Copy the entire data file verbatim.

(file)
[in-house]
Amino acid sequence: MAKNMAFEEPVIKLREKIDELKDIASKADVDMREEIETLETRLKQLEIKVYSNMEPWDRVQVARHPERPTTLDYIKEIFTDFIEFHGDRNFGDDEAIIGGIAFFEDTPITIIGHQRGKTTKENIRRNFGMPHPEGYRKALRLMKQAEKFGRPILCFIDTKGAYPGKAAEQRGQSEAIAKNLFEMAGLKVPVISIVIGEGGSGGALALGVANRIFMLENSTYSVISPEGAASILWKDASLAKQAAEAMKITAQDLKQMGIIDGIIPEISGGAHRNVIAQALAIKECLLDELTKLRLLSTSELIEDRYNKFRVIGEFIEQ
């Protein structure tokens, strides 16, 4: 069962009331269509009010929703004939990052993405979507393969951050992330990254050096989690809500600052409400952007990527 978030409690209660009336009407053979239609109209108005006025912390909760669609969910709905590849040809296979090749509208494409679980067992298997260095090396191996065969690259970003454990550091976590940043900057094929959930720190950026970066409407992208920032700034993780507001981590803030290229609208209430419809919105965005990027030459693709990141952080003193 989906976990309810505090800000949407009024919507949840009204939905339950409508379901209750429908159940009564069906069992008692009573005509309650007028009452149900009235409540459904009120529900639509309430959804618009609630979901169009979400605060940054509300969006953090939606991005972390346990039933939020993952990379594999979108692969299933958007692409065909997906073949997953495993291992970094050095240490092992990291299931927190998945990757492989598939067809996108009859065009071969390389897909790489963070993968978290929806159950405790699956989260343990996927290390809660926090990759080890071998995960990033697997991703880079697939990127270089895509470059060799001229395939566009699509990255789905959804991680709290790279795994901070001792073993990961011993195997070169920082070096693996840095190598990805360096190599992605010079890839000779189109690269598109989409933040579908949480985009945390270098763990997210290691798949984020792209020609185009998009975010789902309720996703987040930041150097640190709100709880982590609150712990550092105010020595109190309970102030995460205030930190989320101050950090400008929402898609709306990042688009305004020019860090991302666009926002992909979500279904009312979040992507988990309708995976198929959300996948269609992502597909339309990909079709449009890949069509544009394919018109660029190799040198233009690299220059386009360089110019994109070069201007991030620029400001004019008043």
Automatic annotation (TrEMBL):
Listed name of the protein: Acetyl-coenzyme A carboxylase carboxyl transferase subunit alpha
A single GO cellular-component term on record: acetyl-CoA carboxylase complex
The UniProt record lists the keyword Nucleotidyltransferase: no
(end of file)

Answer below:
[in-house]
Amino acid sequence: MAKNMAFEEPVIKLREKIDELKDIASKADVDMREEIETLETRLKQLEIKVYSNMEPWDRVQVARHPERPTTLDYIKEIFTDFIEFHGDRNFGDDEAIIGGIAFFEDTPITIIGHQRGKTTKENIRRNFGMPHPEGYRKALRLMKQAEKFGRPILCFIDTKGAYPGKAAEQRGQSEAIAKNLFEMAGLKVPVISIVIGEGGSGGALALGVANRIFMLENSTYSVISPEGAASILWKDASLAKQAAEAMKITAQDLKQMGIIDGIIPEISGGAHRNVIAQALAIKECLLDELTKLRLLSTSELIEDRYNKFRVIGEFIEQ
């Protein structure tokens, strides 16, 4: 069962009331269509009010929703004939990052993405979507393969951050992330990254050096989690809500600052409400952007990527 978030409690209660009336009407053979239609109209108005006025912390909760669609969910709905590849040809296979090749509208494409679980067992298997260095090396191996065969690259970003454990550091976590940043900057094929959930720190950026970066409407992208920032700034993780507001981590803030290229609208209430419809919105965005990027030459693709990141952080003193 989906976990309810505090800000949407009024919507949840009204939905339950409508379901209750429908159940009564069906069992008692009573005509309650007028009452149900009235409540459904009120529900639509309430959804618009609630979901169009979400605060940054509300969006953090939606991005972390346990039933939020993952990379594999979108692969299933958007692409065909997906073949997953495993291992970094050095240490092992990291299931927190998945990757492989598939067809996108009859065009071969390389897909790489963070993968978290929806159950405790699956989260343990996927290390809660926090990759080890071998995960990033697997991703880079697939990127270089895509470059060799001229395939566009699509990255789905959804991680709290790279795994901070001792073993990961011993195997070169920082070096693996840095190598990805360096190599992605010079890839000779189109690269598109989409933040579908949480985009945390270098763990997210290691798949984020792209020609185009998009975010789902309720996703987040930041150097640190709100709880982590609150712990550092105010020595109190309970102030995460205030930190989320101050950090400008929402898609709306990042688009305004020019860090991302666009926002992909979500279904009312979040992507988990309708995976198929959300996948269609992502597909339309990909079709449009890949069509544009394919018109660029190799040198233009690299220059386009360089110019994109070069201007991030620029400001004019008043």
Automatic annotation (TrEMBL):
Listed name of the protein: Acetyl-coenzyme A carboxylase carboxyl transferase subunit alpha
A single GO cellular-component term on record: acetyl-CoA carboxylase complex
The UniProt record lists the keyword Nucleotidyltransferase: no